Lebanon's public education system discriminates against children with disabilities, Human Rights Watch said in a report today.
The 75-page report entitled "'I would Like to Go to School': Barriers to Education for Children with Disabilities in Lebanon" finds that public and private schools often deny admission to children with disabilities breaching laws against discrimination. As a result, children either end up receiving no education at all or attend institutions which are unauthorised to provide classes, the rights group warned.
"Discriminatory admissions practices are robbing Lebanese children with disabilities of an education," said Lama Fakih, deputy Middle East director at Human Rights Watch.
Eighteen years after Lebanon passed a law ensuring children with disabilities could get an education, almost nothing has been done to make this a reality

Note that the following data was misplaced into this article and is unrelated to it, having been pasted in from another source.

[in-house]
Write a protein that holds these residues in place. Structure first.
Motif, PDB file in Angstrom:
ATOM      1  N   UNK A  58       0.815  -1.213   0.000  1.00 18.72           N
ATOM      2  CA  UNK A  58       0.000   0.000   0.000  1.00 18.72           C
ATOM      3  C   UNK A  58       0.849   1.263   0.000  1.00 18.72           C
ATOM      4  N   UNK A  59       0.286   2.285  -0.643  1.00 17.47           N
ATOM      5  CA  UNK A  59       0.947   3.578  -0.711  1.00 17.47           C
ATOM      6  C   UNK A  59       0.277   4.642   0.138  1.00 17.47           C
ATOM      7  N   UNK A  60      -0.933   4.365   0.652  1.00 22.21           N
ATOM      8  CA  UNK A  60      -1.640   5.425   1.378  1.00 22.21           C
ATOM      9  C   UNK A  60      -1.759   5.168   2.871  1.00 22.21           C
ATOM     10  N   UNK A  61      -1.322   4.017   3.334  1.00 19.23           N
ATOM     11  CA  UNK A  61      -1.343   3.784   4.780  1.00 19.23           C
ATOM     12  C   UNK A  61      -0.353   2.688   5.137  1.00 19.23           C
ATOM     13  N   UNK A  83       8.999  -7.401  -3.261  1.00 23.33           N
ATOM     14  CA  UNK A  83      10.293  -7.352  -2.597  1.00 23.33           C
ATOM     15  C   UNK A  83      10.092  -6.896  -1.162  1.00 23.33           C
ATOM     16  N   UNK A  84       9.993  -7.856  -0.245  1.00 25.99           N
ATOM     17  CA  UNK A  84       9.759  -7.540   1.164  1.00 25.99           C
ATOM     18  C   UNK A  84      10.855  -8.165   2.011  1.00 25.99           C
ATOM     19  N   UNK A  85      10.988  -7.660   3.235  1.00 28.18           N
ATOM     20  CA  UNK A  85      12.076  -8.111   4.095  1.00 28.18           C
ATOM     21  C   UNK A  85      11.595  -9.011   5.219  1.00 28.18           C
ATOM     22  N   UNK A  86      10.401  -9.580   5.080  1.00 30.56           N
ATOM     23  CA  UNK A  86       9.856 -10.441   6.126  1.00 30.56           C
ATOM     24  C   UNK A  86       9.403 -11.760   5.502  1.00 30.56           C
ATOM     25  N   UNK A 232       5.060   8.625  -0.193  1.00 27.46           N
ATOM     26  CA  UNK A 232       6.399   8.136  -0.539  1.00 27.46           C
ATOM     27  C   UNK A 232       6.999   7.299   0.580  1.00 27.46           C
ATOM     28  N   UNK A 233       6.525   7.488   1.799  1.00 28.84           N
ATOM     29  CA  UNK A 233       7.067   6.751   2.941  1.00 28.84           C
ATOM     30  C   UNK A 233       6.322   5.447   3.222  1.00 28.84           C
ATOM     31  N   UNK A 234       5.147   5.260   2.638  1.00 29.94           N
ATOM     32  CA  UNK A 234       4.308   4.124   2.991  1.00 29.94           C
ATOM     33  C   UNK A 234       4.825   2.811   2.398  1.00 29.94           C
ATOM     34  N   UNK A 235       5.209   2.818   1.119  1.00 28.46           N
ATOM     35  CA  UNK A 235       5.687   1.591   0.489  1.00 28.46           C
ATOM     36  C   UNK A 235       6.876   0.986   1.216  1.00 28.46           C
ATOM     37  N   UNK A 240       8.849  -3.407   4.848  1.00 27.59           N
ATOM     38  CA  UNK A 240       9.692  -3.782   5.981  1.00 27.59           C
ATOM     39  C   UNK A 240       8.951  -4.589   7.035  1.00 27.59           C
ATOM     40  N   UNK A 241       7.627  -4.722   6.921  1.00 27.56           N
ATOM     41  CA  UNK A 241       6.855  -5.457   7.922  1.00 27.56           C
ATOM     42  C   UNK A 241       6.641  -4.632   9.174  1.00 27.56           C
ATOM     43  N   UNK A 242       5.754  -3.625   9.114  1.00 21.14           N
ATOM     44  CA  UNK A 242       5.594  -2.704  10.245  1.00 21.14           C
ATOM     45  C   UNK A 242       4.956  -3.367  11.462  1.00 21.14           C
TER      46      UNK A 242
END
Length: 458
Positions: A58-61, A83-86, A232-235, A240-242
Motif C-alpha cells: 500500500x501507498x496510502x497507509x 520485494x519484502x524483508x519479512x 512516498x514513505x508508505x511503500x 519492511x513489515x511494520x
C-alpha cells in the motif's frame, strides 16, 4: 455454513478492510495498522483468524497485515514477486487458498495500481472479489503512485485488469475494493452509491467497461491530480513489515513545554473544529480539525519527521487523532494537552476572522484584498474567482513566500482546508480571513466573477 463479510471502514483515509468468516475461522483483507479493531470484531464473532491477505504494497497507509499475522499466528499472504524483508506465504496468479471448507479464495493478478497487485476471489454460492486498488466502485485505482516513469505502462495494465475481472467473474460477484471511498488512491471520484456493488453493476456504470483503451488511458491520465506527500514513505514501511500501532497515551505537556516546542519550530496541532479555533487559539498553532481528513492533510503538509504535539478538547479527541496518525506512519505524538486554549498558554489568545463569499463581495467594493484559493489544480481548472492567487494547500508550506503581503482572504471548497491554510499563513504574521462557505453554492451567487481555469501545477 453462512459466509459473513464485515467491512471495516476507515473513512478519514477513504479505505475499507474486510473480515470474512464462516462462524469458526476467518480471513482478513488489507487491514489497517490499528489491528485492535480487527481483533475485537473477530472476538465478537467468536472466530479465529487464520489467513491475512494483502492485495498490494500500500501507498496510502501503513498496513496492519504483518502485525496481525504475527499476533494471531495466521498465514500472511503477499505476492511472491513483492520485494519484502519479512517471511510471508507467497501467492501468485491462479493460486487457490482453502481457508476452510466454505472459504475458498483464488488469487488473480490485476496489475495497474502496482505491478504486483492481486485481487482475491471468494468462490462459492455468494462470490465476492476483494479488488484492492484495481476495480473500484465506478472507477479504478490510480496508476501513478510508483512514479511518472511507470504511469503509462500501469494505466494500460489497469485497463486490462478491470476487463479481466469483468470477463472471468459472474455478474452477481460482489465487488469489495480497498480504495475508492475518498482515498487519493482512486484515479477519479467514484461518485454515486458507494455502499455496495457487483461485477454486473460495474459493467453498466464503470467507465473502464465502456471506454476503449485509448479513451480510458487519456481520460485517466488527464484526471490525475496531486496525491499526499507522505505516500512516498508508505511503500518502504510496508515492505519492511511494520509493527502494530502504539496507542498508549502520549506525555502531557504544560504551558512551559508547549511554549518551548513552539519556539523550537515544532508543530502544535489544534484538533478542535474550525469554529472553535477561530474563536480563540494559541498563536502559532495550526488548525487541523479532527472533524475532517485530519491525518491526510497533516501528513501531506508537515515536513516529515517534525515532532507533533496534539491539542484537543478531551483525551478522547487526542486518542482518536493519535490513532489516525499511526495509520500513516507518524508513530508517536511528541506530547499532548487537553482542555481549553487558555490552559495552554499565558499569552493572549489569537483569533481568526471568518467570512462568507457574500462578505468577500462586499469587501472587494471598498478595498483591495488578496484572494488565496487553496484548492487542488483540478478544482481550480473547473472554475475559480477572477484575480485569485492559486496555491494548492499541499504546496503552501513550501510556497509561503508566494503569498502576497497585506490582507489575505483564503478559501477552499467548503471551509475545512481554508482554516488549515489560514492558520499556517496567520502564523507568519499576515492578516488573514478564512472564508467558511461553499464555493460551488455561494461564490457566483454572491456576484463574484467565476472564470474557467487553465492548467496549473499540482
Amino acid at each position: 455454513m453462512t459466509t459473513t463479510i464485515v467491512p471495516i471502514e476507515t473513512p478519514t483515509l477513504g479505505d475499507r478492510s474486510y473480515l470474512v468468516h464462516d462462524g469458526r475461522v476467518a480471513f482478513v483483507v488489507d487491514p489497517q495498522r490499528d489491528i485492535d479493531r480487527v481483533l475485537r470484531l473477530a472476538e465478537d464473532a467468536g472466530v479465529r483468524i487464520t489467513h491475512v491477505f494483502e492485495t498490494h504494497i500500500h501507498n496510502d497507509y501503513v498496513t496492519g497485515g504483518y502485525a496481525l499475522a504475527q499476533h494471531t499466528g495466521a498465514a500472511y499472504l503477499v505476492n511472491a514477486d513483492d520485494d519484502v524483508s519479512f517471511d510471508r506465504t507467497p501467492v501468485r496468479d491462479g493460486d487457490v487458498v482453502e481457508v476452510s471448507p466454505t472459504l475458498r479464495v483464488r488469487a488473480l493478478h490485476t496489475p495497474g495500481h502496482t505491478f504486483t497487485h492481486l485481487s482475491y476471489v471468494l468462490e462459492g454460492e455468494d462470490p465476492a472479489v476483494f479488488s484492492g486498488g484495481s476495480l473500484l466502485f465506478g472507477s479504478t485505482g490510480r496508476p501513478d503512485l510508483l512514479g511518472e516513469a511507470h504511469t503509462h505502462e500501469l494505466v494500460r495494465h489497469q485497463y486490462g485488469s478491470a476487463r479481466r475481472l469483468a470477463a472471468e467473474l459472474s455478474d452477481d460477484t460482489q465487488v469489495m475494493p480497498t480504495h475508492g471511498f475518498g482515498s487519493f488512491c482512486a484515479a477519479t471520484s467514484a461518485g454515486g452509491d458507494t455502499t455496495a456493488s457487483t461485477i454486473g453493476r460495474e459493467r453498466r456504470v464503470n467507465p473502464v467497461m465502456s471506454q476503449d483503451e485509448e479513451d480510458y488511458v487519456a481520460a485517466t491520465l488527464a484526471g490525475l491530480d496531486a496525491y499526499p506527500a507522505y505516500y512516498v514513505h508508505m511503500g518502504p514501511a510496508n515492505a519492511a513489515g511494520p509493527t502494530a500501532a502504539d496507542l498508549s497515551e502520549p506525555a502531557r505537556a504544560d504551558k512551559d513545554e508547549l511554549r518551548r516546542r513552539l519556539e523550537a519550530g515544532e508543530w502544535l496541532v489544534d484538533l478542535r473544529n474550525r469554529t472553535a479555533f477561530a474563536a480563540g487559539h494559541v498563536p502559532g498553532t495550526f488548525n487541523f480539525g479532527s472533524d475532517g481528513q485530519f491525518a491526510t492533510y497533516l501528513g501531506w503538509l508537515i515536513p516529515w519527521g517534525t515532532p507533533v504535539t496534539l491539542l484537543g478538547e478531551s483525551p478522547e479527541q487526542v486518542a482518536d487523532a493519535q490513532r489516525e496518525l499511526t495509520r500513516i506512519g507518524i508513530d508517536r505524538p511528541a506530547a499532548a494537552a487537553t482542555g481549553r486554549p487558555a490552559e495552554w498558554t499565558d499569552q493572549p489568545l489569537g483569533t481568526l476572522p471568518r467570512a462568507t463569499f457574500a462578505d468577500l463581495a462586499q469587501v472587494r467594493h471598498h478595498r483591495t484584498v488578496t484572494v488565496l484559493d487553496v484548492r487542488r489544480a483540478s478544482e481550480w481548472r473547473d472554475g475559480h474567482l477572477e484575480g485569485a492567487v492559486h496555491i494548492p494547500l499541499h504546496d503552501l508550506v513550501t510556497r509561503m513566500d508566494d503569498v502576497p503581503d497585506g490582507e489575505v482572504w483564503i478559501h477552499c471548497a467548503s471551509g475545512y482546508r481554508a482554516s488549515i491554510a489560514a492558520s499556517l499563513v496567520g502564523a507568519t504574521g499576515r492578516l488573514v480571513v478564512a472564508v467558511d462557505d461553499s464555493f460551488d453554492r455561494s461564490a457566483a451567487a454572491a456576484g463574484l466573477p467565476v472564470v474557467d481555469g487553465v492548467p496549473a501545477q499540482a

Fakih said. "Lebanon should urgently end its dependence on institutions, and ensure that children with disabilities can get a quality education in a classroom alongside their peers."
The report states that in nearly all cases, schools lacked funding to provide sufficient staff and reasonable accommodation. Specialised schools too were found bereft of appropriate resources. Schools were also found to be charging the families of children with disabilities extra.
The United Nations Children's Fund (UNICEF), World Health Organisation and World Bank estimate that five per cent of people under age 14 has a disability, which would put a conservative estimate of the number of Lebanese children aged between five and 14 with a disability at 40,000.
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